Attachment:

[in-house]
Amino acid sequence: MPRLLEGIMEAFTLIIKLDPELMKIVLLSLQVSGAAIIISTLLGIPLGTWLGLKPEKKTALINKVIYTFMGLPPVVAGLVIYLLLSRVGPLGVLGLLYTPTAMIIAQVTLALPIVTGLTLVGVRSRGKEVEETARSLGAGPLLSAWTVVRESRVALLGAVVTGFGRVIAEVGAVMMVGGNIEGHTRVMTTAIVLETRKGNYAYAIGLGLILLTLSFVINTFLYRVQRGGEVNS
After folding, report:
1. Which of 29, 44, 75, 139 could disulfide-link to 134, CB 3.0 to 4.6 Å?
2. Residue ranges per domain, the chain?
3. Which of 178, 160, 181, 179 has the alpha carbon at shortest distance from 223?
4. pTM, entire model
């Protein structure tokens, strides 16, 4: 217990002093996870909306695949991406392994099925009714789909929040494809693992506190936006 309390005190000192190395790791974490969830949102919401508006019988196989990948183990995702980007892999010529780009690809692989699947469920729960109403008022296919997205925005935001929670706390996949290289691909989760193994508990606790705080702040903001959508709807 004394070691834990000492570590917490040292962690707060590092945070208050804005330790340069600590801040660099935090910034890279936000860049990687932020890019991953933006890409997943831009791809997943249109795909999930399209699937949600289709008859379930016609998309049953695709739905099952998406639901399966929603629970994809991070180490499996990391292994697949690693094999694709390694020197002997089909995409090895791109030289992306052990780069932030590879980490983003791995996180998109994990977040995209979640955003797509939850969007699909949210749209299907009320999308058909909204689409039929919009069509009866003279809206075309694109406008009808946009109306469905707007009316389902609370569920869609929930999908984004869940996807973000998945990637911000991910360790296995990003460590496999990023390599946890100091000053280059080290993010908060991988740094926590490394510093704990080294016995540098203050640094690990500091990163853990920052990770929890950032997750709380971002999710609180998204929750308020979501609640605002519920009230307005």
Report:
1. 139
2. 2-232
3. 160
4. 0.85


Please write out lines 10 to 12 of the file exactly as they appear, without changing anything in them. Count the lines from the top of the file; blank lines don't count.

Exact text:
1. 139
2. 2-232
3. 160